How is the theme of morality represented by violence in Cormac McCarthy's Blood Meridian?

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Cormac McCarthy has seldom, if ever, shied away from the use of violence, graphically-portrayed, as a means of defining humanity.  His novels invariably include numerous, detailed descriptions of violent and dehumanizing acts perpetrated against his characters, often by some surrealistically philosophical villain.  In perhaps his most well-known novel, No Country for Old Men, that villainous creation took the person of Anton Chigurh.  In Blood Meridian, a Western set in 1840, it is Judge Holden, as with Chigurh the personification of pure evil.  Like Chigurh, Holden is philosophical: a philosophical, cold-blooded killer.  These characters do not, however, enjoy a monopoly on violence.  Blood Meridian is full of violent characters, including its main protagonist, “the kid.”  If anybody in this novel represents the lighter side morality, it is “the kid.”  How could a fourteen year old boy not be virtuous?  McCarthy provides an answer in the novel’s opening:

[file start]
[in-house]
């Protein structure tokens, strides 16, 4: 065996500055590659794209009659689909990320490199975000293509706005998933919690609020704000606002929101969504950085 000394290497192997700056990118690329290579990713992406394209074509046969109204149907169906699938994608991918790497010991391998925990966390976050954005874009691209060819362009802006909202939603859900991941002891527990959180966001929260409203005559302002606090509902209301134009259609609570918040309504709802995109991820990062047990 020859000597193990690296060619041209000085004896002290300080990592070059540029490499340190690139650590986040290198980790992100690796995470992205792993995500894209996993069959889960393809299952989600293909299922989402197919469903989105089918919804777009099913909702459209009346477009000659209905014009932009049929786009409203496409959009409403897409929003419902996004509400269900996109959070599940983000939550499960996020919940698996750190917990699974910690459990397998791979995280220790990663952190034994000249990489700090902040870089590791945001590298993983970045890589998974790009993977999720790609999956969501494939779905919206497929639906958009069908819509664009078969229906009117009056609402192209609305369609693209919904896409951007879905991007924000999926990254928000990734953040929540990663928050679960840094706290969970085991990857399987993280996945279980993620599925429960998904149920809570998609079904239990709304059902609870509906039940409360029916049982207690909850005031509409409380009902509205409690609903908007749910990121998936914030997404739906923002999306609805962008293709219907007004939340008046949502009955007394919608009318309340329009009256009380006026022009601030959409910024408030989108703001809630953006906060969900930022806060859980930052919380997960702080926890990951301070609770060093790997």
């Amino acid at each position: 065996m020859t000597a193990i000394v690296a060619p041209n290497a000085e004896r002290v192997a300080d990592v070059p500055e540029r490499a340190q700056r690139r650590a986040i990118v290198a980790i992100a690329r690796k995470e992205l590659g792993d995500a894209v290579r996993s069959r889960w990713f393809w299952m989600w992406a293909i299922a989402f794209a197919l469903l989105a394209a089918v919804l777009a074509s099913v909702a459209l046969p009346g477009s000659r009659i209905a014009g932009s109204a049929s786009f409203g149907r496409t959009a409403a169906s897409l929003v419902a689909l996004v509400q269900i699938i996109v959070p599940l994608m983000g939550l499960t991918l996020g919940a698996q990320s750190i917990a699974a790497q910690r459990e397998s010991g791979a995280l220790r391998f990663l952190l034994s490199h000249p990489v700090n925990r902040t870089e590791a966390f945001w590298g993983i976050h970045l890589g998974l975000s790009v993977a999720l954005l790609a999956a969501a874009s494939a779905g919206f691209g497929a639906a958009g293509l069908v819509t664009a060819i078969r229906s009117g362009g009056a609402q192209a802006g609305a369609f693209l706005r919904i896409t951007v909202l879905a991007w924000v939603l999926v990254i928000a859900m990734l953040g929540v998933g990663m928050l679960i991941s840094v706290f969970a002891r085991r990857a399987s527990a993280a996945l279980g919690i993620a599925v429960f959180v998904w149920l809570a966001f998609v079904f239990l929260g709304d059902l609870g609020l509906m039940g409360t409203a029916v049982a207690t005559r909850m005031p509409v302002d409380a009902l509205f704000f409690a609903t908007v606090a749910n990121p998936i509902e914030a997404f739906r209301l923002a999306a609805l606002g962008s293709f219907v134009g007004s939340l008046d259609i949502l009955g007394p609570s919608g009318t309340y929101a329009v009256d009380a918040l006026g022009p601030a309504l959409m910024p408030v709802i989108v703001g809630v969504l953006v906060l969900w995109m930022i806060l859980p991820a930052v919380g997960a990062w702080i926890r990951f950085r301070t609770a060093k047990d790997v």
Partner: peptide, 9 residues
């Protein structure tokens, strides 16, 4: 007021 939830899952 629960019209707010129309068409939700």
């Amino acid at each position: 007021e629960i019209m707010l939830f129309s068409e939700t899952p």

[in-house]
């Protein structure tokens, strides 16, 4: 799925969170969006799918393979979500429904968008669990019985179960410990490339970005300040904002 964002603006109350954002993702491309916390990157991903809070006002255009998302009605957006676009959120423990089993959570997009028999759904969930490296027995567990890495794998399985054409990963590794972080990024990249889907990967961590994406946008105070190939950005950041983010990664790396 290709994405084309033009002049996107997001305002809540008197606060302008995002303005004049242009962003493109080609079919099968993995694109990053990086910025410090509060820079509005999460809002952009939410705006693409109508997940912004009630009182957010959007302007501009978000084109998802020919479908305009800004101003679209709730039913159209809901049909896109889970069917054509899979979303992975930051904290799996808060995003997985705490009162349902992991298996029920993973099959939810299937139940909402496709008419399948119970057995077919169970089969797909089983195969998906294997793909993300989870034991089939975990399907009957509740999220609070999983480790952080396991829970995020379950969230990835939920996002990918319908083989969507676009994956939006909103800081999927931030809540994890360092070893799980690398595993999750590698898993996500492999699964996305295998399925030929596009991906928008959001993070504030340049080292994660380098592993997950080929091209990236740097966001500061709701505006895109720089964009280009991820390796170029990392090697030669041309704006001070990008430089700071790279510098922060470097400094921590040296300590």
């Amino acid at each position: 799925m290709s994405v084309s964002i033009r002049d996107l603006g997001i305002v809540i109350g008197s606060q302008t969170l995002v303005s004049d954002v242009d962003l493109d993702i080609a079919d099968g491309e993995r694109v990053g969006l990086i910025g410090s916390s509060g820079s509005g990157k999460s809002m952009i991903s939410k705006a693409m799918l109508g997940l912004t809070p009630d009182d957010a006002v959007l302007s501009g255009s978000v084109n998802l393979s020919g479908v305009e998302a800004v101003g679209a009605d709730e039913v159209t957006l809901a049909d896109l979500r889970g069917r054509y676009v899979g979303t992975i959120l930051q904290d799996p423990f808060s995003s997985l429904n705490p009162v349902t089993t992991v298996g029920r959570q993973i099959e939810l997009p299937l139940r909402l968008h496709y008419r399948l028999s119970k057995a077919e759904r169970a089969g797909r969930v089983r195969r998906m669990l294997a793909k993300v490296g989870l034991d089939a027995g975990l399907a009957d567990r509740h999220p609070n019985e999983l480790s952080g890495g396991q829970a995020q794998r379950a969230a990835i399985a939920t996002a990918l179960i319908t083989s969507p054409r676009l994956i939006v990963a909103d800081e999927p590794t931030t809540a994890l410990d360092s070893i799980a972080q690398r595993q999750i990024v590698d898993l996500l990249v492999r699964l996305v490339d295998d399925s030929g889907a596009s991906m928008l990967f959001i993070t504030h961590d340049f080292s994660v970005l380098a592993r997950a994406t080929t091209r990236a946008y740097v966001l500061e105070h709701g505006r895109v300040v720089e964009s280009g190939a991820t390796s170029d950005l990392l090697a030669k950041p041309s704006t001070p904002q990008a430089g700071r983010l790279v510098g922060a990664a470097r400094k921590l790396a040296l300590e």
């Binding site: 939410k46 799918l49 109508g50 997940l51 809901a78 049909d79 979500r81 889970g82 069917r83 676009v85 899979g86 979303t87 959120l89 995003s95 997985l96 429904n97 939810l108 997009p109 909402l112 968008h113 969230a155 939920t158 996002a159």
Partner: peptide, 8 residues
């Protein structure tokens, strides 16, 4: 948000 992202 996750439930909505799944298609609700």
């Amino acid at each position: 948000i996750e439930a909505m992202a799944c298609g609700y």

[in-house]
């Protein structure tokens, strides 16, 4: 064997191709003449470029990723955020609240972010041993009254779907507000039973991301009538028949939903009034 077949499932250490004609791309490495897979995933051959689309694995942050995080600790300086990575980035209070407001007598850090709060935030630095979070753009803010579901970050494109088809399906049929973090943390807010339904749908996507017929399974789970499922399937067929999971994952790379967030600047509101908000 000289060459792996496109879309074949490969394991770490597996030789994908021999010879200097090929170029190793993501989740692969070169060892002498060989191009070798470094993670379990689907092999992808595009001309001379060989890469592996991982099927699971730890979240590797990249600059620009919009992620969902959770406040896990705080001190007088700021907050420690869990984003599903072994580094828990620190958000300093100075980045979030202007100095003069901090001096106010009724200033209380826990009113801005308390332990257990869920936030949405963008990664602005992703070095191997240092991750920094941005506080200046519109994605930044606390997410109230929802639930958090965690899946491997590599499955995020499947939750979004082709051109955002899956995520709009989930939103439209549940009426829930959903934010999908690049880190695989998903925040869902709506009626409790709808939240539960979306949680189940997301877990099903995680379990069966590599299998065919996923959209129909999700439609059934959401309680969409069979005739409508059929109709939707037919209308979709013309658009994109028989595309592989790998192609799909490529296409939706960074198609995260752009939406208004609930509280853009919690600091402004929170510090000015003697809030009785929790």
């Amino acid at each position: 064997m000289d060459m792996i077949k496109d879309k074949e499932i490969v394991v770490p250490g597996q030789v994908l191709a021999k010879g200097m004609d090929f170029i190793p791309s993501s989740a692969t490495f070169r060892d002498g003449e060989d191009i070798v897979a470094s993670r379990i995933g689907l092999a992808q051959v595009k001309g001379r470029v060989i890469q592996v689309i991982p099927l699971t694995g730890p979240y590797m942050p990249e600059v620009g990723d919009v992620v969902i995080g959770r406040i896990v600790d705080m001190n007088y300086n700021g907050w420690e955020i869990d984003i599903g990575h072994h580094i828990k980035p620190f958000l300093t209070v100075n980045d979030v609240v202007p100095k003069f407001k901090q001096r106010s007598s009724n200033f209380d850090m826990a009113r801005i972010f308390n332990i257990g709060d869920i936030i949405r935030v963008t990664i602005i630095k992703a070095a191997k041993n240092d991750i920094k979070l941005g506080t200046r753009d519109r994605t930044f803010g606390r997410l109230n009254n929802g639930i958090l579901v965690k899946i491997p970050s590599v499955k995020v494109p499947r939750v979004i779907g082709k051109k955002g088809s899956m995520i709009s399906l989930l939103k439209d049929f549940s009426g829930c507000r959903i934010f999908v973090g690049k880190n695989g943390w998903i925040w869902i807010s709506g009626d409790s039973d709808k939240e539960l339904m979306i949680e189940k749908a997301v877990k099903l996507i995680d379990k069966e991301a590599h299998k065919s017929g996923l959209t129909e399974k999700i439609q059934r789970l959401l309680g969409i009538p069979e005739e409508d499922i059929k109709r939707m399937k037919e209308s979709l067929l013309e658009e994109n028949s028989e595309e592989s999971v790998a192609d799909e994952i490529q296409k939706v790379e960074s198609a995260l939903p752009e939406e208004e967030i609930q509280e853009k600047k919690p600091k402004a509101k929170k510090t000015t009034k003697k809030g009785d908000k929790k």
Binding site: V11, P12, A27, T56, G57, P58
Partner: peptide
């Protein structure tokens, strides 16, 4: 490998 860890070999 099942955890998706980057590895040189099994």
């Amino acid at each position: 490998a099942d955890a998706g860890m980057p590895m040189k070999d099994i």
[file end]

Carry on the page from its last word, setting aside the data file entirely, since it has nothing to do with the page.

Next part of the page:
(The entire section contains 489 words.)

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